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NWT_Animals Research SCI

Study examines link between pollution and wildelife behavior

A new study suggests that pollution can influence animal behavior in the wild.

Scientists from the University of Portsmouth have created novel scientific tests that could help us better understand the connection between wildlife behavior and pollution. This unique field of behavioral toxicology has become a focus in environmental sciences, with many new studies suggesting that exposure to chemicals can change animal behavior.

The team examined tiny shrimp-like crustaceans called amphipods and found that shape and tank size can affect the time they spend next to a wall, exploratory behaviors, and swimming speed.

“These results are really important for us and the scientific community in determining the correct experimental design,” said Alex Ford, senior author on the study. “If scientists don’t give the organisms the space to behave they might not detect the impacts of chemical pollution.”

“Environmental toxicologists around the world often use similar processes but not always for the same species for their pollution testing,” he added. “This could lead to two groups of scientists getting very different results if their study organism are not the same species.”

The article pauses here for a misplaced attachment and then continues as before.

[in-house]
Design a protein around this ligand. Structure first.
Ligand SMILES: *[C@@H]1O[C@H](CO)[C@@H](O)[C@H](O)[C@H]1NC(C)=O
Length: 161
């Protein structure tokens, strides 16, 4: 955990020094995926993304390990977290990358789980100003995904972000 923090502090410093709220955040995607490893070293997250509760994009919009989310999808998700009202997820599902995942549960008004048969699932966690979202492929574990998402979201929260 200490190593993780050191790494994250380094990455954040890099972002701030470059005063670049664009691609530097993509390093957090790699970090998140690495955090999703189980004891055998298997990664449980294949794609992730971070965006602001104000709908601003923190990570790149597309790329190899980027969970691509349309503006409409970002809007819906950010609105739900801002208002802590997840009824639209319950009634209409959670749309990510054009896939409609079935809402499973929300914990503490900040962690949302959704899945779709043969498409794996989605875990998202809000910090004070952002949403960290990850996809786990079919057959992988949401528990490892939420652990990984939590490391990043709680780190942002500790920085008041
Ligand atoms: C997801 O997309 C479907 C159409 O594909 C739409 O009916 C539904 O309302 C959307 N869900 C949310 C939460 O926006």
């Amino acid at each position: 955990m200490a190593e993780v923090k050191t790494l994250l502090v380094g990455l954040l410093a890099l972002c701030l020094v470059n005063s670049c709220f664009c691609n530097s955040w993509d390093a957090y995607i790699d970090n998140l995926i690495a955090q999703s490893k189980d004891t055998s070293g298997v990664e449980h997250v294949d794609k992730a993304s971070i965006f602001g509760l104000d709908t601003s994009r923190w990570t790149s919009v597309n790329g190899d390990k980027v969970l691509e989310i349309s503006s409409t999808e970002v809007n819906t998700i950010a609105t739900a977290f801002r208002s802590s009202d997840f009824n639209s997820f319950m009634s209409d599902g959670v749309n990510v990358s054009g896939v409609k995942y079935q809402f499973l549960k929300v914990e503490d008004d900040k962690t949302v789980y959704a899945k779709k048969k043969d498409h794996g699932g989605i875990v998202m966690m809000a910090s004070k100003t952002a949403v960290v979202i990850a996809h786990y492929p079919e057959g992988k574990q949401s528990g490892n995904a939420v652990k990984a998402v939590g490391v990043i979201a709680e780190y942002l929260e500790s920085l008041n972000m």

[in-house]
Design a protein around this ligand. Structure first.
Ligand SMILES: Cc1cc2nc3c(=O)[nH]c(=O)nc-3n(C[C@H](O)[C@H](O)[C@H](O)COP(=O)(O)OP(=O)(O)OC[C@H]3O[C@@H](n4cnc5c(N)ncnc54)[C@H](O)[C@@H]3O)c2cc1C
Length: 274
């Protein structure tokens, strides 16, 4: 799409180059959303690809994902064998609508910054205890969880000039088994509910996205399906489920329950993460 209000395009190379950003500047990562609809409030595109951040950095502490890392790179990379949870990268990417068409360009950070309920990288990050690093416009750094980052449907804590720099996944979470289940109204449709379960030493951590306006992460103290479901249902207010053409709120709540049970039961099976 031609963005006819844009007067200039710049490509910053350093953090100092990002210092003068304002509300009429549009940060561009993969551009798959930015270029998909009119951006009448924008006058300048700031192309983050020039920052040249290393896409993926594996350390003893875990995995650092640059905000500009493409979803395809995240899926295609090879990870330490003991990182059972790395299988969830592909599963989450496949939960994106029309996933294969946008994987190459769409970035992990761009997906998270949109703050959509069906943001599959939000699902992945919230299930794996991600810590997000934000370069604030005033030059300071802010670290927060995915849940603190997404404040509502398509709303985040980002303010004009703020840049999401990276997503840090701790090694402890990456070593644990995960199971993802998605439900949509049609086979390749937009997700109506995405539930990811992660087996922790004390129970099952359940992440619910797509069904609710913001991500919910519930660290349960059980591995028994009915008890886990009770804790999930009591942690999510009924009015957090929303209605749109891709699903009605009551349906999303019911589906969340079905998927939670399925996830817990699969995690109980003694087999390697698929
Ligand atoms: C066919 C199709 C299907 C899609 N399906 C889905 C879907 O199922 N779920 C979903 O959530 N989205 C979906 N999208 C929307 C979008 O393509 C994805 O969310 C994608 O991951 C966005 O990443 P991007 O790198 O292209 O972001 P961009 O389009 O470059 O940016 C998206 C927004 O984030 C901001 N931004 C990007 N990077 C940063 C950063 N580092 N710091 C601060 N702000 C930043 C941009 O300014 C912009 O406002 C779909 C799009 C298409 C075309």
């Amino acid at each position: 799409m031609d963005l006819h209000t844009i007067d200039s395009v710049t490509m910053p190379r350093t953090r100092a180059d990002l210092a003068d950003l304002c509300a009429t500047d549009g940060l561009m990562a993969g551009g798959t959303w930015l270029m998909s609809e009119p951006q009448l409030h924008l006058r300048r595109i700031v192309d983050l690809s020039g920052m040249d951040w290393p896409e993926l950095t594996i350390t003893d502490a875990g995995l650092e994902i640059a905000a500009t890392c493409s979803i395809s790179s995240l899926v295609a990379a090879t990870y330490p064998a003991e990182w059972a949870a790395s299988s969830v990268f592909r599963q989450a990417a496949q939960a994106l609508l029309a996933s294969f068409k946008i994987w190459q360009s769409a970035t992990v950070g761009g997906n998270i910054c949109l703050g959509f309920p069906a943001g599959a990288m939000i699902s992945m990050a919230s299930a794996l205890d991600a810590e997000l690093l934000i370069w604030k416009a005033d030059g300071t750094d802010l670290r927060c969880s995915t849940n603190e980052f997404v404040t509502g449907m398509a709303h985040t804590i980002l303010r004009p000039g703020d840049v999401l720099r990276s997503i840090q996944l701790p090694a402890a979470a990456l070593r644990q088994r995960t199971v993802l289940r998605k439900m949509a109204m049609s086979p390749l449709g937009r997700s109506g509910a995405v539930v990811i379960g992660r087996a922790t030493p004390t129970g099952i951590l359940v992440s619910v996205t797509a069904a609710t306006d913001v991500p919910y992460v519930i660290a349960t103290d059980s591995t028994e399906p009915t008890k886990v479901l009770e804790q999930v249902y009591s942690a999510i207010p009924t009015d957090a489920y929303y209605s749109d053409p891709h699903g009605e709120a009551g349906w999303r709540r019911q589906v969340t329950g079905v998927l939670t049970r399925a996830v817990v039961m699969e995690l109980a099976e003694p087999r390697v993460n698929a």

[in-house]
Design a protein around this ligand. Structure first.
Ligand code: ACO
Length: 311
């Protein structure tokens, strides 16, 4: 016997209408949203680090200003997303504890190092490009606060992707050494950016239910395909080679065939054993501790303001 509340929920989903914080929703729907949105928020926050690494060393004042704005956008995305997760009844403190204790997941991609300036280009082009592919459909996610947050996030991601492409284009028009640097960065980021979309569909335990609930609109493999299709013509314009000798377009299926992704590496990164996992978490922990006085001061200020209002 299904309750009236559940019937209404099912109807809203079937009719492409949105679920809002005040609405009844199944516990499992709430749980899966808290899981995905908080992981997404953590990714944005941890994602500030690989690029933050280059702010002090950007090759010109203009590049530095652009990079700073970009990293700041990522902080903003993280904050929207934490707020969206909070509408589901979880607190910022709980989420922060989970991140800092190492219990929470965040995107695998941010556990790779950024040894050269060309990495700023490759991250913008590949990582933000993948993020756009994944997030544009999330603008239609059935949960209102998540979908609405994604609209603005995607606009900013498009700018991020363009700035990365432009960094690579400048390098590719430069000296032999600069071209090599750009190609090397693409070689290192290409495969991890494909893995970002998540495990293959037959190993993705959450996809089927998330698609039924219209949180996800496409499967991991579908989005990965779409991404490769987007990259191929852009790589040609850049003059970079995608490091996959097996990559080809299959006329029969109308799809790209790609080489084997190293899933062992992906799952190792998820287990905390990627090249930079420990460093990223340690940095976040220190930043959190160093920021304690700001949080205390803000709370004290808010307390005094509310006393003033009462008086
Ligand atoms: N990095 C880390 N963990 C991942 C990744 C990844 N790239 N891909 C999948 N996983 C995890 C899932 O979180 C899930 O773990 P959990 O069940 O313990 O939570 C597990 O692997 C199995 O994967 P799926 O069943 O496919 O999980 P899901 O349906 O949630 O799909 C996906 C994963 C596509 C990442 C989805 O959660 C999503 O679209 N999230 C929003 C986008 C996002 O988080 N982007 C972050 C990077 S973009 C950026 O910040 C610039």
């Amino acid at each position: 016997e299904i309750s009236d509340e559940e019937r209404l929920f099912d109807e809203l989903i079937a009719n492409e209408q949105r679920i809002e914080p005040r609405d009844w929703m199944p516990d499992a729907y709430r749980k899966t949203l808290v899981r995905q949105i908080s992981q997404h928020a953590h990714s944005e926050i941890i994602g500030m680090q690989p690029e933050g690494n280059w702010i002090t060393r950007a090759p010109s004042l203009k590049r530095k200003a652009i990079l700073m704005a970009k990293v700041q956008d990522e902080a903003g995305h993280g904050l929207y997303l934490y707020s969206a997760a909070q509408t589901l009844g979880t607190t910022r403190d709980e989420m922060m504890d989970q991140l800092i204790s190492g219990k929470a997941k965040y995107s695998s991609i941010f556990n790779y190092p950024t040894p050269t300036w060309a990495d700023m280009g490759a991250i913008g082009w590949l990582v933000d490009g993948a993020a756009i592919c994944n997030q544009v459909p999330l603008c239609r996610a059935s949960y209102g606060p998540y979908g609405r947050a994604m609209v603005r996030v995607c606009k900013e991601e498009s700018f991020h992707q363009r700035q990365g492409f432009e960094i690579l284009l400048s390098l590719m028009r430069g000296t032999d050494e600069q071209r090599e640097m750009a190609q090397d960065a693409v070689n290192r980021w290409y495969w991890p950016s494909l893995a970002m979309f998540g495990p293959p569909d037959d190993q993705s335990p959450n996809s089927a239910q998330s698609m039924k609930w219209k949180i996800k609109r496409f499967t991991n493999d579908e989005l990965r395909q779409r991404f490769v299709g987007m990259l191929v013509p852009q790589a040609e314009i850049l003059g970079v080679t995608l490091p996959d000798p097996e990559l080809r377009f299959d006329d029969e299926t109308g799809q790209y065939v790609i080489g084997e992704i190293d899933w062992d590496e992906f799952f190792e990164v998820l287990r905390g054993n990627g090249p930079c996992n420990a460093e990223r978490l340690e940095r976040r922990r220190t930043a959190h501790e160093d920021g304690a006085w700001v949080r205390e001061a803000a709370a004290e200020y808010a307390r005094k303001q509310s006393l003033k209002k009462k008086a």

“For example, a chemical might have the capacity to alter a certain behaviour but if two closely related species have subtly different reactions to a stimulus (light for example) then this might mask the impacts of the pollutant.”

Matt Parker, co-author of the paper, believes that while least sentient organisms are typically examined due to scientific ethics, they can provide lots of valuable information that can lead to significant advancements in the field.

“This set of studies has highlighted behavioural diversity in two closely related invertebrate species, suggesting that these organisms may be useful for studying the basis of more complex behaviours, and the potential to study the effects of different drugs on behavioural responses,” he said.

The findings were published in PeerJ.

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